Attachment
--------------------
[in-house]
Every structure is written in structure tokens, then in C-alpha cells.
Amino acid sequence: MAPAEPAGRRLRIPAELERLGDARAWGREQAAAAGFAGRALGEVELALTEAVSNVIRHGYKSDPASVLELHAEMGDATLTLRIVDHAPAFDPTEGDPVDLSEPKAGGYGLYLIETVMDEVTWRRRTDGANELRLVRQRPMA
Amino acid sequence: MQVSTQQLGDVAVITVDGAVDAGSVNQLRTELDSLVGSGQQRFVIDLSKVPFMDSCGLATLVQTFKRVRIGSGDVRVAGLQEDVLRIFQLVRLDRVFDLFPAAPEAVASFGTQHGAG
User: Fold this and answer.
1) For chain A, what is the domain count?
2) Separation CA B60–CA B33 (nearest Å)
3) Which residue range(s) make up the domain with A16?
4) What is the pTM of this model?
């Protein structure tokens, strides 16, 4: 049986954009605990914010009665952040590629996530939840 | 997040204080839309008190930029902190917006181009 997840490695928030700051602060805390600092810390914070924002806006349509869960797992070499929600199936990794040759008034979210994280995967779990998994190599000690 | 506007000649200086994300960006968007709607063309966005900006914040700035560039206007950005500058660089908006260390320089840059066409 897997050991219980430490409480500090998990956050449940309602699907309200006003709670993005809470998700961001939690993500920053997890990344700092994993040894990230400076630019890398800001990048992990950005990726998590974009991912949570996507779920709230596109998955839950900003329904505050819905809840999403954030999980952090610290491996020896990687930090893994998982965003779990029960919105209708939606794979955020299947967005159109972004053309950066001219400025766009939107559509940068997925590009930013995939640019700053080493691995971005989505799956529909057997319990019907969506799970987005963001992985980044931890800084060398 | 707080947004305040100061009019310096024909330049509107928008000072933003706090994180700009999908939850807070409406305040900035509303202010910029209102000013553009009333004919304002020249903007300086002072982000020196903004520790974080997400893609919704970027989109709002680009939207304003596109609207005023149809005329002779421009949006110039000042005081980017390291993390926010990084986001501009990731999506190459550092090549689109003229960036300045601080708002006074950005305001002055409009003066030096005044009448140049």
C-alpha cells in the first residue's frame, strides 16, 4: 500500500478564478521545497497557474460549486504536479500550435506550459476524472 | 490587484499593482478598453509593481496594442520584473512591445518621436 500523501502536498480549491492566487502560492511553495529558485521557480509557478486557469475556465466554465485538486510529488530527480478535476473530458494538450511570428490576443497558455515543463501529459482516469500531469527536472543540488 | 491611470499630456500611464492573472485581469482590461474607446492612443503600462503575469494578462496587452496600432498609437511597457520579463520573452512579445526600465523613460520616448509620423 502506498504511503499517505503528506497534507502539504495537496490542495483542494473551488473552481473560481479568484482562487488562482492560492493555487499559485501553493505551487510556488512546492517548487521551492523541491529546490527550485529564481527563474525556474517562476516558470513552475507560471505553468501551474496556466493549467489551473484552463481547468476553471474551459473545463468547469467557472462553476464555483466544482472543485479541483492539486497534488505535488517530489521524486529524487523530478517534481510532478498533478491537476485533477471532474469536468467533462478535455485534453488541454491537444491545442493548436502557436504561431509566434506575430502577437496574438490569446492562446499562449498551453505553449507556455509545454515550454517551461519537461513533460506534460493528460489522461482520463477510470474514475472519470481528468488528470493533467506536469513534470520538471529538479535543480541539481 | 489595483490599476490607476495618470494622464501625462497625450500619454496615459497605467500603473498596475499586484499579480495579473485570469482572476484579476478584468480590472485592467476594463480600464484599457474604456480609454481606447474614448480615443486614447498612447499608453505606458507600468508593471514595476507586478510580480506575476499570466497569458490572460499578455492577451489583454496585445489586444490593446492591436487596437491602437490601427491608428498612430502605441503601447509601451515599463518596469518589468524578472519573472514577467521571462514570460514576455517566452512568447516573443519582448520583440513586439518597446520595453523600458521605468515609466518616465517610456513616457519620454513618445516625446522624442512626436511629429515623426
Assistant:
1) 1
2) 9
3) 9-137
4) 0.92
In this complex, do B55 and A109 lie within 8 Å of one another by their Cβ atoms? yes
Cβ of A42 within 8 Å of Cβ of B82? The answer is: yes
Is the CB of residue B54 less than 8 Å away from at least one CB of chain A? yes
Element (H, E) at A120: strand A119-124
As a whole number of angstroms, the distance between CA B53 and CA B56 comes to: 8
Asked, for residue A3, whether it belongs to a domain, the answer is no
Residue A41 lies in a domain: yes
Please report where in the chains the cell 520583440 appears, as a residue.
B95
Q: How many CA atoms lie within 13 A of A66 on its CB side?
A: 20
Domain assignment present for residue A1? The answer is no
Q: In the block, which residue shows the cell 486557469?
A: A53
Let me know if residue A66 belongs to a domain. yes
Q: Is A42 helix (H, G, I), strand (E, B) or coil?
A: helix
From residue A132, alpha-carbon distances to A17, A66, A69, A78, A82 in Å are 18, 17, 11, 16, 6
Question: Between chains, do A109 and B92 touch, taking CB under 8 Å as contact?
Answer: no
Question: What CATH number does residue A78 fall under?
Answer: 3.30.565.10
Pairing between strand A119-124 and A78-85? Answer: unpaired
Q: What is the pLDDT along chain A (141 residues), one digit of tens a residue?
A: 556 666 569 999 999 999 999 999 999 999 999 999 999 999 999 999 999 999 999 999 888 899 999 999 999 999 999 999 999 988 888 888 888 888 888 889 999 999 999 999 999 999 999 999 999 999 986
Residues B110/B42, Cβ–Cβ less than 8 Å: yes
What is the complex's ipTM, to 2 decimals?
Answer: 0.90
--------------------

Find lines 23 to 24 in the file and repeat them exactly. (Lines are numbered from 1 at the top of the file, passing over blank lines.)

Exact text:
Residue A41 lies in a domain: yes
Please report where in the chains the cell 520583440 appears, as a residue.